Adam of Saint-Victor

Adam of St. Victor († ca. 1146)
– musician and poet
– precentor of the Cathedral Notre-Dame (Paris)
– monk at the Abbey of St. Victor (Augustinians) just outside Paris .

Monks, singing a sequence

Nota praevia: In 1984 Margot E. Fassler published her epochal study: Who was Adam of St. Victor?’ (Journal of the American Musicological Society 37/ 2 (Summer, 1984), pp. 233-269), making alle previous biographies obsolete.

Short biography

Adam of Saint-Victor, ‘to my mind the greatest Latin poet, not only of medieval, but of all ages.’ (J.M. Neale). This is a little bit over the top, but telling: J.M. Neale was a connoisseur of Latin poetry and a renowned translator. That Adam as a poet (and his poetry) almost fell into oblivion is partly due to a decision made by liturgical reformers after the Council of Trent to remove almost all sequences from the Roman Catholic liturgy. Only four (Victimae Paschali Laudes, Veni Creator Spiritus, Dies Irae, and Lauda Sion Salvatorum) remained in the Gradual; Stabat Mater survived as a hymn; a few were retained in the liturgies of the religious orders. But tens of thousands of sequences (= a large portion of the Roman Catholic musical tradition) were simply discarded and – hence – forgotten.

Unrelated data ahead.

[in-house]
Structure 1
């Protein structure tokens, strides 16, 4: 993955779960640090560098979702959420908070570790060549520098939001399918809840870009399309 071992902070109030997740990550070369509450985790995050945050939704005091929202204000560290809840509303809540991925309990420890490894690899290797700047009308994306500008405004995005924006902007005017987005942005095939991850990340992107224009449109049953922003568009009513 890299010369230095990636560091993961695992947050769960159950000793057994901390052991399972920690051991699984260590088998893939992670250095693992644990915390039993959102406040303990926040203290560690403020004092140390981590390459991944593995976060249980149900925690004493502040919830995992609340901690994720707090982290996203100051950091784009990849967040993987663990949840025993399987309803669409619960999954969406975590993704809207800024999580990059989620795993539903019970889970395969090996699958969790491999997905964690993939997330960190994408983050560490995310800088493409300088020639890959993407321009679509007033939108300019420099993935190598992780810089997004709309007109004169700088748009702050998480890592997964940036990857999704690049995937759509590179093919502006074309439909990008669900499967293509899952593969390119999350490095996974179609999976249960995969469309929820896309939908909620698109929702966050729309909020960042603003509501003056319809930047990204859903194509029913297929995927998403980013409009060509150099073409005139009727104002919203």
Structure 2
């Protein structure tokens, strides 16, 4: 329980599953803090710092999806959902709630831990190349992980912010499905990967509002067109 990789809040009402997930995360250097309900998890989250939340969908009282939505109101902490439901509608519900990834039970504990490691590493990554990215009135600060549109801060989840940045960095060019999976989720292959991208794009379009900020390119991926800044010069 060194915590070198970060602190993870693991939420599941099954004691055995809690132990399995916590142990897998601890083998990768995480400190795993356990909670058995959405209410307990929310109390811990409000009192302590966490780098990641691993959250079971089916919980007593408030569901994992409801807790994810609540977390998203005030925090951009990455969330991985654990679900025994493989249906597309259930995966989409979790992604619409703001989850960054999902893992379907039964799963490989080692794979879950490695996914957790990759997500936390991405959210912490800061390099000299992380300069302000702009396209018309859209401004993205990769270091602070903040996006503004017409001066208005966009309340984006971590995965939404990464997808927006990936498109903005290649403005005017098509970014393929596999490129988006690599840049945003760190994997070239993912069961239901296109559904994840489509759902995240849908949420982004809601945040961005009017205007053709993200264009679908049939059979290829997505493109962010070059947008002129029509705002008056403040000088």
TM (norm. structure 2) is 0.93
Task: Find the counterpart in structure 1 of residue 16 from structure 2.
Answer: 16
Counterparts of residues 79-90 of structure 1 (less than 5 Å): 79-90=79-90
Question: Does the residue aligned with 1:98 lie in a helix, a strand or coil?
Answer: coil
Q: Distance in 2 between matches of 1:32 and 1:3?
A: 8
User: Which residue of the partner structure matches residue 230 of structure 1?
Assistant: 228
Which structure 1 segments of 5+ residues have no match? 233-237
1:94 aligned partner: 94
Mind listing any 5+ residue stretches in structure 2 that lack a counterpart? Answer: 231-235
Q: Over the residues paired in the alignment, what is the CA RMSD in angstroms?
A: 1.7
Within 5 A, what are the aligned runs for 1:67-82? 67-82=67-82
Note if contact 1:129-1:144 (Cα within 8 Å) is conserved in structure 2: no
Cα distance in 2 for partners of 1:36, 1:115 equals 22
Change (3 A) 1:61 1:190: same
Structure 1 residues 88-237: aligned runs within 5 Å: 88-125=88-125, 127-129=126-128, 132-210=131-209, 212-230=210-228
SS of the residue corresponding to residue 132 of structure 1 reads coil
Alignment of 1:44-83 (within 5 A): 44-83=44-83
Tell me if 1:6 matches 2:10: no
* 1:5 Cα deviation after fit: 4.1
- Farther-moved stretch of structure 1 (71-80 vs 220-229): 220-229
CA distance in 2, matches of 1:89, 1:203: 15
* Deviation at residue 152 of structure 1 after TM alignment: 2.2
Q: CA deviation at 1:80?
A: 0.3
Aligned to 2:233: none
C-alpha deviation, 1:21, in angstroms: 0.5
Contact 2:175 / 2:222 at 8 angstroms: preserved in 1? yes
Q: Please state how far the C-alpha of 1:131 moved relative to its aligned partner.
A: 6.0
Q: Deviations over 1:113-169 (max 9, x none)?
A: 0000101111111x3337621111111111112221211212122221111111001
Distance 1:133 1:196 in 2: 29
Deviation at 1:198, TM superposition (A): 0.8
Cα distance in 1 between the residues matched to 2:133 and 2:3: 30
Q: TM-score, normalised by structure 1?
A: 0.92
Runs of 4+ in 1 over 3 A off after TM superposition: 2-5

In recent years Adam is rehabilitated and his biography rewritten (newly written, see above). He not only was a poet and a monk, but he was a musician first, working at the Notre-Dame de Paris (‘Adam Precentor‘, precentor being a high ranked church official, responsible for the organisation of liturgical music). In 1133 he donated his prebend to the Abbey of Saint-Victor (because of a conflict ? This remains unclear) and afterwards (1140?) he retired to the Abbey and became a canonical friar. He probably died ca. 1146. One often reads 1192 as the year of his death. This is based on conflation with Adam Brito (who has a tombstone at St. Victor’s).

As a tribute to Adam Precentor, 100% a poet 100% a musician, I transcribed (+ translations) two of his sequences and published them on my personal website: 1. his wonderful Easter sequence Mundi Renovatio and 2. an intricate text for Pentecost (or more precise: Trinitatis): Lux Jucunda, lux insignis

BTW, The number of hymns (sequences) attributed to him is lowered significantly compared to the early 20th century (now: 37, or with more leniency 47-50 poems). Still impressive. For this, see: Jean Grosfillier, Les séquences d’Adam de Saint-Victor: Étude littéraire (poétique et rhétorique), Brepols 2008.